Hayward’s United States Gazetteer (1853) page 101

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any other state in the Union, with but one exception. There are only 942 individuals in the
state, over 20 years of age, who can neither read nor write, being only 1 to 307 of the pop-
ulation, and being a less number than in any other state, one only excepted.

“ The number of academies and high schools in the state is about 70, being 1 to every
4000 inhabitants. The number of students attending them is 5799, being on an average more
than 80 to an institution, and 1 to about every 50 of the inhabitants. This intermediate
class of institutions between common schools and colleges is generally in a flourishing condi-
tion. Most of them are private corporations for public purposes, and need more funds for
their support, that they may accomplish with greater energy the work devolving upon them.

Dartmouth College, named after the Earl of Dartmouth, an early benefactor, is one of the
irost flourishing in the United States, and is situated in the south-west part of Hanover, about
half a mile east of Connecticut River, on a beautiful and extensive plain, where there is a
handsome village. It was founded by the Rev. Eleazar Wheelock, D. D., and chartered by
royal grant in 1769. The funds, which are respectable, were obtained by donations from
individuals, and by grants from the legislatures of New Hampshire and Vermont. The build-
ings are good, and six in number — all of them of brick except one, and most of them bearing
names of benefactors."

Boundaries. — This state is bounded north by Eastern Canada, east by Maine, south-east
by the Atlantic and the State of Massachusetts, south by Massachusetts, and west and north-
west by Vermont. Situated between 42° 40' and 45° 16' north latitude, and 70° 35' and 72°
27' west longitude. Its length is 168, and its greatest breadth about 90 miles, and it com-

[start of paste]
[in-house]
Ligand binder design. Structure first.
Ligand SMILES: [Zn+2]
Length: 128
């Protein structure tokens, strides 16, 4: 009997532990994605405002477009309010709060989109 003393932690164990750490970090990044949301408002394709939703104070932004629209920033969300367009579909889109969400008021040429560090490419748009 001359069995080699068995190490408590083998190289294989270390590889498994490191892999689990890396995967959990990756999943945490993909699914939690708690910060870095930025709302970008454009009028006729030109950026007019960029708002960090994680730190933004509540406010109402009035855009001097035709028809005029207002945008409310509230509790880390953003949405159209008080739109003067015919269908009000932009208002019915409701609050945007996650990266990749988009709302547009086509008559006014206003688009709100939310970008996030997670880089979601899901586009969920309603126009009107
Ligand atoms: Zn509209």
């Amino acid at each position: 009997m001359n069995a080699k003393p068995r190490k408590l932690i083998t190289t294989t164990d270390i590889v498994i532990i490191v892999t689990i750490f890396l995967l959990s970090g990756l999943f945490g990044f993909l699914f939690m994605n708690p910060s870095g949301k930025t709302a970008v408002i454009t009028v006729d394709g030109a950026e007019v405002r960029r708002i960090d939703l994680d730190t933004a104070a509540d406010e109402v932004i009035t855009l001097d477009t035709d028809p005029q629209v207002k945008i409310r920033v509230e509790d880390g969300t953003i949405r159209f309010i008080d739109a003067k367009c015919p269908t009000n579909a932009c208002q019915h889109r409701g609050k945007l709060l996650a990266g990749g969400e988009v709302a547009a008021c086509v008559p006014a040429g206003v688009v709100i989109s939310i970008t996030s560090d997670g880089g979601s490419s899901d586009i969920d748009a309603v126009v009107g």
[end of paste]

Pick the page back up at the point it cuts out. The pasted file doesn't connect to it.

prises an area of about 7987 square miles.

First Settlers. — The first discovery of New Hampshire was in 1614, and the first settle-
ments made by Europeans were at Dover and Portsmouth, in 1623; only three years after the
landing of the Pilgrims at Plymouth.

Government. — The executive power is vested in a governor and five councillors, chosen
annually by the people. The legislature consists of the Senate, comprising 12 members,
chosen in 12 districts, and the House of Representatives, chosen annually in the month of
March, every town having 150 ratable polls being entitled to send one, and an additional
representative for every 300 additional polls. The legislature assembles annually at Concord,
on the first Wednesday of June.

All male citizens, of 21 years and upwards, except paupers and persons excused from taxes,
have a right to vote for state officers —' a residence of at least three months within the town
being required to entitle the person to vote.

Judiciary. — The Superior Court of Judicature consists of a chief justice and two associate
justices, who hold one term annually in each of the ten counties of the state, for the hearing
and determining of questions of law, and petitions for divorce. This court is also vested with
chancery powers.

The judges of the Superior Court of Judicature are, ex officio, judges of the Court of
Common Pleas. This court, before whom all actions for the recovery of debts and the en-
forcement of contracts, and all jury trials, are brought, consists of one of the justices of the
Superior Court, or one of the justices of tiie Circuit Court of Common Pleas and of two county
judges, who are generally appointed from among the yeomanry, whose principal duty it is to
attend to the ordinary business of the county, its roads, expenses, &c. Terms are held semi-
annually, in each of the counties.

Most of the religious denominations, which are found in the country at large, appear in New
Hampshire, as might be anticipated from the freedom of religious inquiry and profession. In
numbers, the
Baptist denomination ranks next to the Congregationalists and Presbyterians.
But the Episcopal branch of the church of Christ was early founded in the colony, and
was greatly encouraged by several of the royal governors. The
Methodists are numerous,
and there are communities of
Friends, or Quakers. But it is believed that the many important
interests of society, in which good citizens may unite without infringing on a good conscience,
are tending to soften the asperities of religious controversy, and to bring the community more

A Gazetteer of the United States of America by John Hayward.

Hartford, CT: Case, Tiffany and Company. 1853. Public domain image

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